Ryan Dempster picks up first win; Cubs snap 11-game road skid
BY GORDON WITTENMYER firstname.lastname@example.org June 5, 2012 10:47PM
Chicago Cubs' pitcher Ryan Dempster pitches to a Milwaukee Brewer batter during the first inning of a baseball game, Tuesday, June 5, 2012, in Milwaukee. (AP Photo/Tom Lynn)
Updated: July 7, 2012 8:50AM
MILWAUKEE — This might have been one for the fans, if there had been many willing to drive up from Chicago to catch the last-place Cubs against the fourth-place Milwaukee Brewers at Miller Park.
Instead, the 10-0 win that snapped the Cubs’ franchise-record 11-game road losing streak served as much as a road map for where the Cubs plan to go after this week’s draft than anything else.
The lowest-attended Cubs game in Milwaukee in five years took on a showcase-showdown look on the field as guys expected to be traded and/or heavily shopped made the Cubs’ case for their value.
And Ryan Dempster and Alfonso Soriano were at the top of that class Tuesday.
Dempster, who missed the San Francisco series over the weekend to attend to a personal matter, returned in a big way with seven scoreless innings to earn his first win in 19 starts, dating to Aug. 11. He lowered his ERA to 2.59.
Team president Theo Epstein has chatted with the respected veteran about the club’s intentions, and other teams already have begun targeting him.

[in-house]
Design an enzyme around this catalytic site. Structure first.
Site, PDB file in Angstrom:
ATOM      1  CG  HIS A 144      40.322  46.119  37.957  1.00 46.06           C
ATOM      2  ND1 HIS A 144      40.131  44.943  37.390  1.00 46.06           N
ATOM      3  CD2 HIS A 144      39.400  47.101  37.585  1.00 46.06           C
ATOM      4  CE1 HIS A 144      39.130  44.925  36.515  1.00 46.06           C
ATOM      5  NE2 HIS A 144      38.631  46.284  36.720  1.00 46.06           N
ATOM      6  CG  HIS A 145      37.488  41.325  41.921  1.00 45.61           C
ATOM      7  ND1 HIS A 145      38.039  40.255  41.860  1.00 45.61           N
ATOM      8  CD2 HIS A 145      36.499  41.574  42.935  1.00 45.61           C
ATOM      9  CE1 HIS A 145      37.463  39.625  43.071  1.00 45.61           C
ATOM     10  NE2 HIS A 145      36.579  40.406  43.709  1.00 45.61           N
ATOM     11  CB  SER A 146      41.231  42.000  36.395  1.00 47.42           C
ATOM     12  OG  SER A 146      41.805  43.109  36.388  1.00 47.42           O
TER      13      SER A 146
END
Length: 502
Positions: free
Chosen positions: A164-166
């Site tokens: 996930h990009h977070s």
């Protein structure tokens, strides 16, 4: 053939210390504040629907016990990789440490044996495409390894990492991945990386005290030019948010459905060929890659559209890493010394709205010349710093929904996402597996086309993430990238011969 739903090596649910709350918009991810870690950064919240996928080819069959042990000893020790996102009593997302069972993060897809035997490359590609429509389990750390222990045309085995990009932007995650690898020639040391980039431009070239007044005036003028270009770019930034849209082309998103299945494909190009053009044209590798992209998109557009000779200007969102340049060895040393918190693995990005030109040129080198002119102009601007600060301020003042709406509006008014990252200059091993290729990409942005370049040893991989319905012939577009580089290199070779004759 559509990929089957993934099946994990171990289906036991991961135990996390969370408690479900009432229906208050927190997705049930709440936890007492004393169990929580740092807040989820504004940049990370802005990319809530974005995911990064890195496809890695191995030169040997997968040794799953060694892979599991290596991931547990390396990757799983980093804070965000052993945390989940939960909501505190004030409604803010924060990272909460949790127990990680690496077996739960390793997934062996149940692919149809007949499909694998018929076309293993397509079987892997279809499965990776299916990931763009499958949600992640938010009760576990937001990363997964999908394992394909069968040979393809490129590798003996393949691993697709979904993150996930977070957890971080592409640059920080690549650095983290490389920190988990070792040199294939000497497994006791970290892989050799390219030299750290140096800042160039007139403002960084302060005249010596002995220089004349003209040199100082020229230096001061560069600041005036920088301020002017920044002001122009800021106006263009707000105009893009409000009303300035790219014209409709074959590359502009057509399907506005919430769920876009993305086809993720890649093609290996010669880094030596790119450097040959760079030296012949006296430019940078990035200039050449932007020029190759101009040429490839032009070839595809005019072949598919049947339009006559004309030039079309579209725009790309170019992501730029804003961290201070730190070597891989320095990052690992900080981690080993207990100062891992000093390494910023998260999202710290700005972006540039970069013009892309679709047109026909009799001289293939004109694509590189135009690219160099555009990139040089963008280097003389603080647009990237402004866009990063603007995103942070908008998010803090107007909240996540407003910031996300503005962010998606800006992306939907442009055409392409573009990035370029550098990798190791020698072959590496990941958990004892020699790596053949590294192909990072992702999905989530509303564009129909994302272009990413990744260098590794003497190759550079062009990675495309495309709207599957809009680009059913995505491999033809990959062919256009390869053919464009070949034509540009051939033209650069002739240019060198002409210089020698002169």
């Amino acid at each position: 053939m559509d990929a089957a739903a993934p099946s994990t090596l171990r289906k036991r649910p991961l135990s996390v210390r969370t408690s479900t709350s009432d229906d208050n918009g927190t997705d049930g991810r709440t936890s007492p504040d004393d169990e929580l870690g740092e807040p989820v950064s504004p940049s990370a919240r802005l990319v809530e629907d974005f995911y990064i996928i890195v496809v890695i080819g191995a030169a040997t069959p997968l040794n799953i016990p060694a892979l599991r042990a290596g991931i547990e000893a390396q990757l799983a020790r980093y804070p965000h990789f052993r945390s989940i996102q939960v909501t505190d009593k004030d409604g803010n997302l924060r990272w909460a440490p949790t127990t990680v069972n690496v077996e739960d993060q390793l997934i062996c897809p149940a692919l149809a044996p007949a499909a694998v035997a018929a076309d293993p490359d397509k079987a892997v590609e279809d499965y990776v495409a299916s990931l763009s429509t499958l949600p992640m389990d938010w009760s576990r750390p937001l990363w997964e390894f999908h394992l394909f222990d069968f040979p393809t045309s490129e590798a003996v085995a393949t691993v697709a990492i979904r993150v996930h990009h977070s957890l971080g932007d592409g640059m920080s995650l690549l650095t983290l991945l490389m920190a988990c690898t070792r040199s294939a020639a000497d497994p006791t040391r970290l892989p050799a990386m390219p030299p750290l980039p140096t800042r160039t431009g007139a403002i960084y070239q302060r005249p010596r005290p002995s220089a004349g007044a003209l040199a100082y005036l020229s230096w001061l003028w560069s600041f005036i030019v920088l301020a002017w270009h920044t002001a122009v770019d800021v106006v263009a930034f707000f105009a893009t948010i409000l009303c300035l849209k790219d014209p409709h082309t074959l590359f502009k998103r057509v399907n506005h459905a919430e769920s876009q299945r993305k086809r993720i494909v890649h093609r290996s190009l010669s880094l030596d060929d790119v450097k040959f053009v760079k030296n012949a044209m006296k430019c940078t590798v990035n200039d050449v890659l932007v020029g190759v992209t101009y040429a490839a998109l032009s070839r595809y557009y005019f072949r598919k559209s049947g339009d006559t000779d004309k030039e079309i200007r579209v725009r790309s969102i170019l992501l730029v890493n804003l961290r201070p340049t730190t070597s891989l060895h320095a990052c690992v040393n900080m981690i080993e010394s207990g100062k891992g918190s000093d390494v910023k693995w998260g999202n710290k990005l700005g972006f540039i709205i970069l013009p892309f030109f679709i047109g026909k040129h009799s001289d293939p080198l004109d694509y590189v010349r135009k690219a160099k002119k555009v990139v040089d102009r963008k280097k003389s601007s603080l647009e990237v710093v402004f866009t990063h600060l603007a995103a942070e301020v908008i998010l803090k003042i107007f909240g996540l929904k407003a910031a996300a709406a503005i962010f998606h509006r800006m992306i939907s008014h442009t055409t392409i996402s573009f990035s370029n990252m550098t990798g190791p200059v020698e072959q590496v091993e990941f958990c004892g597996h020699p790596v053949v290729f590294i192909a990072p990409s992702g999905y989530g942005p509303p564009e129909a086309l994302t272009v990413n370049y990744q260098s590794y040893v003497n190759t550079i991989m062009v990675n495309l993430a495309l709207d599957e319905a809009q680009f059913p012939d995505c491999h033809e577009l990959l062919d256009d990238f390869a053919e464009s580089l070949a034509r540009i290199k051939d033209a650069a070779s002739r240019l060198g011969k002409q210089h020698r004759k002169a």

‘‘I can’t think about that stuff,’’ said Dempster, who admitted thinking perfect game after retiring the first 15 batters. ‘‘Whatever happens is going to happen.’’
The buzz among baseball insiders is that Dempster will land with the Los Angeles Dodgers, especially with former Cubs teammate and pal Ted Lilly on the disabled list with shoulder inflammation.
Several sources from other teams consider Dempster one of the more attractive players in the trade market because of his performances this season and his strong makeup.
He used an especially good slider to get through the perfect five, then pitched around a leadoff double to Ryan Braun in the seventh to leave Braun standing there.
Dempster has full no-trade rights as a player with 10 years in the big leagues, including the last five with the Cubs. He hasn’t ruled out allowing a trade.
If Dempster seems the likeliest to be traded, Soriano might be the one the Cubs would like most to trade, assuming they can get a team to agree to pick up at least some of the $48 million left on his contract.
His ninth home run since May 15 — a three-run shot in the first — might have helped that cause.
‘‘I don’t know; I don’t want to try to think too much,’’ said Soriano, who also has full no-trade rights but has said for more than a year that he won’t stand in the way of a trade. ‘‘The [front] office, they know what they have to do. My part is to play the game.’’
Even shortstop Starlin Castro, one of the few guys the Cubs say they’re not making available despite a report last week suggesting otherwise, delivered as many hits (two) the first five innings as he did the first four games of the road trip combined. Then he added a double leading off the eighth.
The big offensive night came one day after forgetting the number of outs in a key inning and getting a scolding from manager Dale Sveum.